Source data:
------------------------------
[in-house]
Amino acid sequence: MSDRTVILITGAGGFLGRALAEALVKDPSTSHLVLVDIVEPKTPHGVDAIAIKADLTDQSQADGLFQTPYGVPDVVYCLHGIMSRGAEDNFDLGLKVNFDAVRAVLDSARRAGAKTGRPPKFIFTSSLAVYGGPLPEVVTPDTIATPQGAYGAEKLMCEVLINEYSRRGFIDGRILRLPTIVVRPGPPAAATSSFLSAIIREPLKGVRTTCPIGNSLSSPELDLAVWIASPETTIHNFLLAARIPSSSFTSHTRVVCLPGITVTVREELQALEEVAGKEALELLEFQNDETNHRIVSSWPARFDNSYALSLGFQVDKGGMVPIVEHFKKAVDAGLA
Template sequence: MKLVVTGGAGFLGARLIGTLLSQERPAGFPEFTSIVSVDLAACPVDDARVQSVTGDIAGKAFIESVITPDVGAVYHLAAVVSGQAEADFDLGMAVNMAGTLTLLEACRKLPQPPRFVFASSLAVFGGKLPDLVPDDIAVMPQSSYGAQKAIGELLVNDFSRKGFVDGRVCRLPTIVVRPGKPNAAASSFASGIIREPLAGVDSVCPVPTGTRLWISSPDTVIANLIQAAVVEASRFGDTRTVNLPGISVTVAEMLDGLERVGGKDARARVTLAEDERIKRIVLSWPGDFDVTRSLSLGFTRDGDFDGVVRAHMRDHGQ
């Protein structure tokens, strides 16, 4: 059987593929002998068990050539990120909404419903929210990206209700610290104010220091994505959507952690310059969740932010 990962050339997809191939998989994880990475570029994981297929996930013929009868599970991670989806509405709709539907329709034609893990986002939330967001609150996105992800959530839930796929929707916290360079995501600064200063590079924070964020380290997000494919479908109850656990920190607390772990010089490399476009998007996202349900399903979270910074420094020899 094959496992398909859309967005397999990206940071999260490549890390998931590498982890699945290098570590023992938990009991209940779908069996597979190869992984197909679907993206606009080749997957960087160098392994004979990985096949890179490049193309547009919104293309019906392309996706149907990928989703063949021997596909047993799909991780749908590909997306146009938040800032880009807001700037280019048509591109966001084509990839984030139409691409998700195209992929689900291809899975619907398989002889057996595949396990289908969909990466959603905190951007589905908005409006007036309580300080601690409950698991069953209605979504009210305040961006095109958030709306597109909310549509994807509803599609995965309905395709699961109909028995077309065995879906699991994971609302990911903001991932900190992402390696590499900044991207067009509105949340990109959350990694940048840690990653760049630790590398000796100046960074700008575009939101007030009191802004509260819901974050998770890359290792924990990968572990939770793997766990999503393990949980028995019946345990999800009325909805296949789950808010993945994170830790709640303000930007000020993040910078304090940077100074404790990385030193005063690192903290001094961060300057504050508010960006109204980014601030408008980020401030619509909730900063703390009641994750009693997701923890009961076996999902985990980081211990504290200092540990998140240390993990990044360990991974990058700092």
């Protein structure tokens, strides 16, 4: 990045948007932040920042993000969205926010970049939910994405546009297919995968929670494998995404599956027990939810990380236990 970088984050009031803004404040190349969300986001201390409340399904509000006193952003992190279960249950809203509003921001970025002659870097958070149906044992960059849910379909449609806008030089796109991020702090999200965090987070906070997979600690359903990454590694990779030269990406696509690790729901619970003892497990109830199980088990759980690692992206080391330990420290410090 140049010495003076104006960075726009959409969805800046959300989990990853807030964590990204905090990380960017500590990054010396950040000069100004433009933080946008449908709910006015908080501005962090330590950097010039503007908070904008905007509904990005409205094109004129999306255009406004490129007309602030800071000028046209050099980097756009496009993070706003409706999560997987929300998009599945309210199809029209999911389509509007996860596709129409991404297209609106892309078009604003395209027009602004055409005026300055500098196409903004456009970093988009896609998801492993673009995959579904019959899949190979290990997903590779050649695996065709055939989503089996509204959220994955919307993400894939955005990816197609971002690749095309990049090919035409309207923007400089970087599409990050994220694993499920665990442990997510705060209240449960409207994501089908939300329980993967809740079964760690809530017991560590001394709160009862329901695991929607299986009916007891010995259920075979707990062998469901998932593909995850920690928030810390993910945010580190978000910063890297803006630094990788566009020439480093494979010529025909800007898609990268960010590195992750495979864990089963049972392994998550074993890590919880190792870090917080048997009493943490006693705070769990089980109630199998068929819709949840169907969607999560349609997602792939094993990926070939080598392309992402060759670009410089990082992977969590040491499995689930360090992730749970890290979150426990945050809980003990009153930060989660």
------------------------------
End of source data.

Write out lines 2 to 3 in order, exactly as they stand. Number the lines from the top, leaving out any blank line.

Amino acid sequence: MSDRTVILITGAGGFLGRALAEALVKDPSTSHLVLVDIVEPKTPHGVDAIAIKADLTDQSQADGLFQTPYGVPDVVYCLHGIMSRGAEDNFDLGLKVNFDAVRAVLDSARRAGAKTGRPPKFIFTSSLAVYGGPLPEVVTPDTIATPQGAYGAEKLMCEVLINEYSRRGFIDGRILRLPTIVVRPGPPAAATSSFLSAIIREPLKGVRTTCPIGNSLSSPELDLAVWIASPETTIHNFLLAARIPSSSFTSHTRVVCLPGITVTVREELQALEEVAGKEALELLEFQNDETNHRIVSSWPARFDNSYALSLGFQVDKGGMVPIVEHFKKAVDAGLA
Template sequence: MKLVVTGGAGFLGARLIGTLLSQERPAGFPEFTSIVSVDLAACPVDDARVQSVTGDIAGKAFIESVITPDVGAVYHLAAVVSGQAEADFDLGMAVNMAGTLTLLEACRKLPQPPRFVFASSLAVFGGKLPDLVPDDIAVMPQSSYGAQKAIGELLVNDFSRKGFVDGRVCRLPTIVVRPGKPNAAASSFASGIIREPLAGVDSVCPVPTGTRLWISSPDTVIANLIQAAVVEASRFGDTRTVNLPGISVTVAEMLDGLERVGGKDARARVTLAEDERIKRIVLSWPGDFDVTRSLSLGFTRDGDFDGVVRAHMRDHGQ